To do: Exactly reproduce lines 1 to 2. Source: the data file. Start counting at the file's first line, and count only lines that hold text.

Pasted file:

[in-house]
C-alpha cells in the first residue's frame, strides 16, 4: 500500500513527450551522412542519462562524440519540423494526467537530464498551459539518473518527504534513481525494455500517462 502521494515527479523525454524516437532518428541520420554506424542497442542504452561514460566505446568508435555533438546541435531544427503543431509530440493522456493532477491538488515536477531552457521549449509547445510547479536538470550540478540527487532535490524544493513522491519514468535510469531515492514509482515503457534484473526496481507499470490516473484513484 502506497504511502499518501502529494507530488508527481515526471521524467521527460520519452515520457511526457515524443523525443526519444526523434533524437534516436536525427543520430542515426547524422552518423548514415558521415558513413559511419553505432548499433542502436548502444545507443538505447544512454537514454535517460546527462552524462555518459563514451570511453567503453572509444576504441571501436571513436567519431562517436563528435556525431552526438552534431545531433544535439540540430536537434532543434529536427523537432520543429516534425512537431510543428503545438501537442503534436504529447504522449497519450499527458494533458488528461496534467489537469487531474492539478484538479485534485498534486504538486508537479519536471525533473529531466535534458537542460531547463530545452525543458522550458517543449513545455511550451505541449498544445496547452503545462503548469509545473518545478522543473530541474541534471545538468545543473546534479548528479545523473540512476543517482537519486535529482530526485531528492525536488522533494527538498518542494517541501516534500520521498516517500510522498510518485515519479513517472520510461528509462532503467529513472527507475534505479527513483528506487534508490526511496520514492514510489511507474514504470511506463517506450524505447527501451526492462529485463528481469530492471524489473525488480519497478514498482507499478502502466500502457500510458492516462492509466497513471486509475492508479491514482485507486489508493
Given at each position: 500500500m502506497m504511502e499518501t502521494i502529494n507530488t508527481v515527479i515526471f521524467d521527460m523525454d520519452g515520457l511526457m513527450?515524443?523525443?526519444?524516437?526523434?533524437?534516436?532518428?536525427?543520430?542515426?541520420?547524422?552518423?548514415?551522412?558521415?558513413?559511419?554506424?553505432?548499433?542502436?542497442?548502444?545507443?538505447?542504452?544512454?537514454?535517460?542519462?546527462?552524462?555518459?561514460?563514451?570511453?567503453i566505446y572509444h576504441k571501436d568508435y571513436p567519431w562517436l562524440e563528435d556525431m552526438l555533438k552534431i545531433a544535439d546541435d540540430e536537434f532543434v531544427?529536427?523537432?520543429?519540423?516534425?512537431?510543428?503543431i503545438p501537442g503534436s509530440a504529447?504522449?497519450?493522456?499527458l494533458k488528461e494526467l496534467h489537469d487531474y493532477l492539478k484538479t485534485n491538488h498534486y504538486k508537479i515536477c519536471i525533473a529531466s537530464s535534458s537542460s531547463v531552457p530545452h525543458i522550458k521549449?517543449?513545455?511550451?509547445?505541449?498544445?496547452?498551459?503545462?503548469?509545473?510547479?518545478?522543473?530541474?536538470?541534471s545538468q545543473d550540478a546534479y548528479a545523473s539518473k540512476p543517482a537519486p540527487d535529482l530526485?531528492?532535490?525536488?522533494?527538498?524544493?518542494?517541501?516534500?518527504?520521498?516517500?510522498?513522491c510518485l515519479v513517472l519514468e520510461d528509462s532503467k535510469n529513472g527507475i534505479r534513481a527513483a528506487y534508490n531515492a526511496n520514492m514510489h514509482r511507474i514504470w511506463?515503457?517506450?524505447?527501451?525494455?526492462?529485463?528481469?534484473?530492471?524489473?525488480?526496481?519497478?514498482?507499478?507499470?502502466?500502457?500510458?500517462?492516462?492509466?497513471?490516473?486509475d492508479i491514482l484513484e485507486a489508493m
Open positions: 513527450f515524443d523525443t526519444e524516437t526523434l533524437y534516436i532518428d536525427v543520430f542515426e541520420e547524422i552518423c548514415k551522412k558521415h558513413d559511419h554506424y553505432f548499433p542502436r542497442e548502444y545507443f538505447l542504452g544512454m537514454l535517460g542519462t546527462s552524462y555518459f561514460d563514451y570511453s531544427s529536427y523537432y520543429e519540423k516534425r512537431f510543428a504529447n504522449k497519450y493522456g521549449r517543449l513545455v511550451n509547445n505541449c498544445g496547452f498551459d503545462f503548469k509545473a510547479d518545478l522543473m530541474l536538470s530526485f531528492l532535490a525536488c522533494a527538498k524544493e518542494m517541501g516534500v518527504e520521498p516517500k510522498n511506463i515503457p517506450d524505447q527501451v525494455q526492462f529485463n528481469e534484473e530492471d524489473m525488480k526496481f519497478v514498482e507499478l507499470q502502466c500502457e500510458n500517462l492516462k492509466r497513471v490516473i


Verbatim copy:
[in-house]
C-alpha cells in the first residue's frame, strides 16, 4: 500500500513527450551522412542519462562524440519540423494526467537530464498551459539518473518527504534513481525494455500517462 502521494515527479523525454524516437532518428541520420554506424542497442542504452561514460566505446568508435555533438546541435531544427503543431509530440493522456493532477491538488515536477531552457521549449509547445510547479536538470550540478540527487532535490524544493513522491519514468535510469531515492514509482515503457534484473526496481507499470490516473484513484 502506497504511502499518501502529494507530488508527481515526471521524467521527460520519452515520457511526457515524443523525443526519444526523434533524437534516436536525427543520430542515426547524422552518423548514415558521415558513413559511419553505432548499433542502436548502444545507443538505447544512454537514454535517460546527462552524462555518459563514451570511453567503453572509444576504441571501436571513436567519431562517436563528435556525431552526438552534431545531433544535439540540430536537434532543434529536427523537432520543429516534425512537431510543428503545438501537442503534436504529447504522449497519450499527458494533458488528461496534467489537469487531474492539478484538479485534485498534486504538486508537479519536471525533473529531466535534458537542460531547463530545452525543458522550458517543449513545455511550451505541449498544445496547452503545462503548469509545473518545478522543473530541474541534471545538468545543473546534479548528479545523473540512476543517482537519486535529482530526485531528492525536488522533494527538498518542494517541501516534500520521498516517500510522498510518485515519479513517472520510461528509462532503467529513472527507475534505479527513483528506487534508490526511496520514492514510489511507474514504470511506463517506450524505447527501451526492462529485463528481469530492471524489473525488480519497478514498482507499478502502466500502457500510458492516462492509466497513471486509475492508479491514482485507486489508493